A lot of people would immediately get rid of “Revolution 9”, but I’ve always rather liked it, and I ESPECIALLY like the “Take #20” solution that emerged a few years ago, which shows us an early version where the song “Revolution 1” DEVOLVES into the musique concrete chaos of “Revolution 9”. So rather than cut it completely, using the Take #20 version would be my solution to keeping both. No doubt some would be appalled by the heresy of cutting rock jams and keeping tape loops, but we all love different aspects of the group. I happen to cherish their experimentalism

Like I say, this version gets it down to a little over an hour. After this, the cutting gets even more painful! To get it down to 45 minutes, or the average LP length, what I would do is…

Cut “Revolution” entirely. After all, another, livelier version of the song had been released as a single (and its flip side “Hey Jude”, which was recorded at the same time, was not put on the record at all). That’s ten minutes right there.  After this? I might cut a Harrison song or two. Previous to the White Album the largest number of cuts Harrison had had on a single LP  was three (on Revolver). I happen to love all four of Harrison’s tracks on the White Album a great deal (which is why they’re all still included thus far) so it’s very hard. If you put a gun to my head, of the four, I would probably cut “Long Long Long” which, though very beautiful, is kind of slight and quiet and small, not unlike his other song “Circles” which had also been cut. This would only buy a couple of minutes though! After this? Perhaps I’d cut “Glass Onion”, which it must be admitted is a bit of a relative throwaway, though we love it because of its self-reflexive feeding into the Beatles mythology.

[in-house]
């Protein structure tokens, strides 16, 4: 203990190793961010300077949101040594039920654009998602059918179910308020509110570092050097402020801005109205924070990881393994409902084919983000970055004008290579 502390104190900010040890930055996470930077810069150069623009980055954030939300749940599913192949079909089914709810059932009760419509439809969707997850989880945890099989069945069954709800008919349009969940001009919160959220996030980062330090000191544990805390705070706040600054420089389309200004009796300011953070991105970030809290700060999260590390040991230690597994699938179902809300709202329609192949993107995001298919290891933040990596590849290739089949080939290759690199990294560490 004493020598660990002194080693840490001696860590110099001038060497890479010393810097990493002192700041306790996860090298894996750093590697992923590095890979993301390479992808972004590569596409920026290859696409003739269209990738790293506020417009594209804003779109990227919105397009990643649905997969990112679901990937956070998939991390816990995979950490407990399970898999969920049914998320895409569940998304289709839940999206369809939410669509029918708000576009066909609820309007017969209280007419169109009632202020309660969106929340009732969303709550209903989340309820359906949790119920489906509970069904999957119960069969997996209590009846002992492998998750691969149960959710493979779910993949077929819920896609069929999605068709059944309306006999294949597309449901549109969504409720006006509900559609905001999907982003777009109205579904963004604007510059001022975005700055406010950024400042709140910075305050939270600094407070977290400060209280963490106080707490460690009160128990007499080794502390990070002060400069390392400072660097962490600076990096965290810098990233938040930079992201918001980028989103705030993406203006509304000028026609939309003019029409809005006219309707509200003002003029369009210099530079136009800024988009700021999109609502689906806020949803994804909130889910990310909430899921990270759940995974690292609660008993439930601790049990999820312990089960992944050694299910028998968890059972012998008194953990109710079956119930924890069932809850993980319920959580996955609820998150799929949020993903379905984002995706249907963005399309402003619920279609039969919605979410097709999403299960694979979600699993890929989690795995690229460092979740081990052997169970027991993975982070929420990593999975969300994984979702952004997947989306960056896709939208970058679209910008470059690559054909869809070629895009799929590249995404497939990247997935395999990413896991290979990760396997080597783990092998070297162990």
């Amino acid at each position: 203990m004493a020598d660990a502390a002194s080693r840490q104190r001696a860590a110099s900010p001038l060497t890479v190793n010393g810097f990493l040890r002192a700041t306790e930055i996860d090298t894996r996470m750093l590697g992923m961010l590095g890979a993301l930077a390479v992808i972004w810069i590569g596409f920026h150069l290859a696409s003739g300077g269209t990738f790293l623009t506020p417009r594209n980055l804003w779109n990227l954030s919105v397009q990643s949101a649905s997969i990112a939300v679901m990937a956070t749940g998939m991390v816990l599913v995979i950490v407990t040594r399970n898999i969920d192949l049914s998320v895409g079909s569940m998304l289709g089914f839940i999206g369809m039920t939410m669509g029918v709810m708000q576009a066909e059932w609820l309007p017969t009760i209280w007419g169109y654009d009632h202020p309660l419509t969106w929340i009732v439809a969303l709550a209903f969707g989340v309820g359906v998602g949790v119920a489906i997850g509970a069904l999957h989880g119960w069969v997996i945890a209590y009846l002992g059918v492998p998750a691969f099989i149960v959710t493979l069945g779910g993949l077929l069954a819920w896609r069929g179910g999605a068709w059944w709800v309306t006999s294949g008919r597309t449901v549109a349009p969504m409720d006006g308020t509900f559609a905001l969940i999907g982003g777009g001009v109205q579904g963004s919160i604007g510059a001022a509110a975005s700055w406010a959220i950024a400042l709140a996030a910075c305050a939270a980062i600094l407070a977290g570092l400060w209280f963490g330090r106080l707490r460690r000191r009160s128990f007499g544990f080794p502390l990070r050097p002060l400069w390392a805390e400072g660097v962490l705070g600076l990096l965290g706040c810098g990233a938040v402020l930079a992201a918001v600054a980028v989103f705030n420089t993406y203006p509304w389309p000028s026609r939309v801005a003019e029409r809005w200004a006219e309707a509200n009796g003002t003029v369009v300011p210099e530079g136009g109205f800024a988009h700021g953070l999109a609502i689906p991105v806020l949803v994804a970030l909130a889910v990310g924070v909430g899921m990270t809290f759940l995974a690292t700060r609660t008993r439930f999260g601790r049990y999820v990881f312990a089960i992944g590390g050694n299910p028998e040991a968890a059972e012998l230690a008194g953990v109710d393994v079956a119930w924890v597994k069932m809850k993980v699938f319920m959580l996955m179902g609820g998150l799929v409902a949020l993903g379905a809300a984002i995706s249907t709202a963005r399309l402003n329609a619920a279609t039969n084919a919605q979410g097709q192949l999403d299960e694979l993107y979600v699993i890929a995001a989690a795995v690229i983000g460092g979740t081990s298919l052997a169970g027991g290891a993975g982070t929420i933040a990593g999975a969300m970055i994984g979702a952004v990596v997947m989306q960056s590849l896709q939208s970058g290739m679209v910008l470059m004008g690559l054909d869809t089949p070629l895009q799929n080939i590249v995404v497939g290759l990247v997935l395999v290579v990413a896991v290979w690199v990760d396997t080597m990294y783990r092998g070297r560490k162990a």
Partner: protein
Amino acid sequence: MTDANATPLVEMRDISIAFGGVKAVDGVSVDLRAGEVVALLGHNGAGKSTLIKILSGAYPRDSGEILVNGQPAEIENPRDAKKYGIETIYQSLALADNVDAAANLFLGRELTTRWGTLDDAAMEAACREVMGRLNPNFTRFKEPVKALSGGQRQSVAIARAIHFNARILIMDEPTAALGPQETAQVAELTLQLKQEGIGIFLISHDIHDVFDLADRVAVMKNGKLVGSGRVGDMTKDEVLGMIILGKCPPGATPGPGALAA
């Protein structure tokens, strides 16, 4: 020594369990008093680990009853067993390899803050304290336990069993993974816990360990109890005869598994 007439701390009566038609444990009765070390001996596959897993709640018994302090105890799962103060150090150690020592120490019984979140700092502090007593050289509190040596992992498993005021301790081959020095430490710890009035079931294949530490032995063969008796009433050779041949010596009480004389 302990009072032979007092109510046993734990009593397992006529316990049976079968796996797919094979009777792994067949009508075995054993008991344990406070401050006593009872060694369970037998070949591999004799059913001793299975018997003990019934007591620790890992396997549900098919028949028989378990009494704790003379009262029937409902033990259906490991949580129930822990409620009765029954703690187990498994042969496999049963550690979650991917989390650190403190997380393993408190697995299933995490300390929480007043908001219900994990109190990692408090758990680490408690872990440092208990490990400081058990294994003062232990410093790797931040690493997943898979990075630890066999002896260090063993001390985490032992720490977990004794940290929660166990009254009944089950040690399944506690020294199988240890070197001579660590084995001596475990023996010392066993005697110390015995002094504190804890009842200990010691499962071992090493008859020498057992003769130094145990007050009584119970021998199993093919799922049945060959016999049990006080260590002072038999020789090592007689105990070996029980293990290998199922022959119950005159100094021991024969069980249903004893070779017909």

At any rate, we live in a glorious age now where such difficult choices are a thing of the past. All of the leftovers eventually get released, right? If they had made a single disk White Album, I’ve little doubt that we’d eventually have heard the tracks or other versions in later releases, or at the very least bootlegs. Although McCartney is still being a turkey about “Etcetera” and the earlier “Carnival of Light”!

* Addendum: A few weeks ago after posting this I had a revelation about “Martha My Dear”.  It dawned on me that, though the lyrics are insipid, the song is musically brilliant. Something clicked — I realized that that little figure at the turnaround on each verse reminded me of a cakewalk, which led to my realization (as I already kind of knew) that the verses are kinda ragtime. Wiki says “music hall” but that doesn’t quite do it. It’s syncopated and complicated and kind of overtly, specifically, ragtime. As McCartney had already recently recorded the super cool “Thingumybob” with the Black Dyke Mills Band, the process becomes even clearer. I wish he’d been more lyrically adventurous with the tune, more like what he’d done with “Honey Pie” and “Rocky Raccoon”, instead of making a pop thing out of it. He totally would have made the sale. Anyway I just wanted to add this. The song is more than just “boring”, although I’d still cut it. Like many of his other contributions on the album, it’s strictly solo McCartney.